Despite costly false starts, he found a home in embroidery
SEE ALSO :Listed firms hit by slowing economyA partnership was forged and a business, Nexpress Embroidery and Screenprinting was born. The duo used Mutwiri’s savings to buy a computer for graphic design and pay for a business permit as well as printing materials. Since they did not have enough money to rent a stall, they got a small space at a corridor in Meru town and opened for business.
Getting customersTheir biggest challenge at the time was getting customers even though there were only two other businesses doing the same trade in the town. “We marketed ourselves vigorously but it would be two years before our fortunes changed and our customer base began to grow steadily,” says Mutwiri. But with the new cash, the partnership hit rocky ground and split. However, Mutwiri had learned all that he needed to keep the business going.
SEE ALSO :NSE key index dips as bank stocks ruleMutwiri was strapped for time because he was focusing on two businesses simultaneously. They also faced cash flow problems. “A customer would sometimes order a spare part but we would not have the money to buy it, leading to loss of business,” Mutwiri says. By 2017, his screen printing business was bringing in a profit of Sh30,000 per month. However, it was launched into the big league by the 2017 political campaigns because of high demand for branded campaign materials. By the time the election period was over, Mutwiri had amassed a fortune which he used to import an embroidery machine worth Sh2.5 million from Japan in October 2018.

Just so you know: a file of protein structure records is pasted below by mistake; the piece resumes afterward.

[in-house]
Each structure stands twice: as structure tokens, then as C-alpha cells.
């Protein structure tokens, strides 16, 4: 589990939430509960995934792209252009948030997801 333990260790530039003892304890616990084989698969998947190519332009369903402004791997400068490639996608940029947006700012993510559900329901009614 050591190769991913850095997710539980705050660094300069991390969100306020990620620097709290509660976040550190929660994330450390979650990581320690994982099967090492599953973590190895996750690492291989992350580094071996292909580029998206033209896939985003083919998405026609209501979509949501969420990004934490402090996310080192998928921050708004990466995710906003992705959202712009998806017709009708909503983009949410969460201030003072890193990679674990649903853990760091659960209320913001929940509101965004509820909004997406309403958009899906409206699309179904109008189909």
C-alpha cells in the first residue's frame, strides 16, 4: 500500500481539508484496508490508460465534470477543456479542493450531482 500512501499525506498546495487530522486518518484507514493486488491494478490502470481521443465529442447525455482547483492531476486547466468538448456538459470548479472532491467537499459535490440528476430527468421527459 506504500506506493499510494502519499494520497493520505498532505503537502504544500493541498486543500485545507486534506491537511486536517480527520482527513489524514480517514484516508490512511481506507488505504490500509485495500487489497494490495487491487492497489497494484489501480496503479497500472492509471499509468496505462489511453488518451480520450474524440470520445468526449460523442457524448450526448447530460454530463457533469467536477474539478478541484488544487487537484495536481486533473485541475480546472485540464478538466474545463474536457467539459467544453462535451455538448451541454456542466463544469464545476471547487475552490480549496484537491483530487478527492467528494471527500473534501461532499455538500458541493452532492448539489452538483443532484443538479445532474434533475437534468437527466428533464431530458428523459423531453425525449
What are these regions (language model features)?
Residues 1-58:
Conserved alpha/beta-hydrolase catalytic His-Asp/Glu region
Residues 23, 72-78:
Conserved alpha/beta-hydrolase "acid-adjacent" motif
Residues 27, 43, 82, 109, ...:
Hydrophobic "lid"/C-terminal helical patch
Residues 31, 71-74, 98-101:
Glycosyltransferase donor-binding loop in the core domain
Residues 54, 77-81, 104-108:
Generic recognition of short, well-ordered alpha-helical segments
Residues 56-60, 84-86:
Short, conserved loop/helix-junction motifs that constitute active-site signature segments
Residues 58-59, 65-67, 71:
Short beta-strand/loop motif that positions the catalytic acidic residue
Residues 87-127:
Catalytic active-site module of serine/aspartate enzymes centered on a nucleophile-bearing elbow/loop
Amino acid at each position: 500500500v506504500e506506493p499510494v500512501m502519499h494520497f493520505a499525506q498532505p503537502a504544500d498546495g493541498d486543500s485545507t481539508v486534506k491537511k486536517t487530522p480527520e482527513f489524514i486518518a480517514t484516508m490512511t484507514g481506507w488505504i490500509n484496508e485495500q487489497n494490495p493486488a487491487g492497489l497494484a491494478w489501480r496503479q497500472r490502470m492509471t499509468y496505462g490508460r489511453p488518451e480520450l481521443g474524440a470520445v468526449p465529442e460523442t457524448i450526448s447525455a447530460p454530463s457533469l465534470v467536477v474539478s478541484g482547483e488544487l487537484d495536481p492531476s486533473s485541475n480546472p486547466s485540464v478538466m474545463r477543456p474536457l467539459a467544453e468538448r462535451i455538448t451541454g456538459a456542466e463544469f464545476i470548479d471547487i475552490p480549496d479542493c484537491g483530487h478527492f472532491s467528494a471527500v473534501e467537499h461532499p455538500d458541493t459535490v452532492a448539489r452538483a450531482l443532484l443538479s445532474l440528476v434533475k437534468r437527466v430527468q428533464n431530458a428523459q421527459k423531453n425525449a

New premisesThe machine could not fit in the corridor he had been using for seven years, so he rented new premises.
SEE ALSO :End of an era: Exit Barclays, enter Absa“The machine also brought in more work so I employed three more assistants, making a total of six full-time employees, excluding the many part timers I engage during busy periods,” he says. His spare parts business on the other hand employs three mechanics; so in total, Mutwiri has created employment for over 11 people. Nexpress has become the go-to business for screen printing and embroidery services with a portfolio that includes major uniform and textile suppliers in Meru. His clients include schools, churches, NGOs, sports teams and private security companies. This has doubled his profits during off-seasons and more than quadrupled them during peak seasons, like back to school periods.
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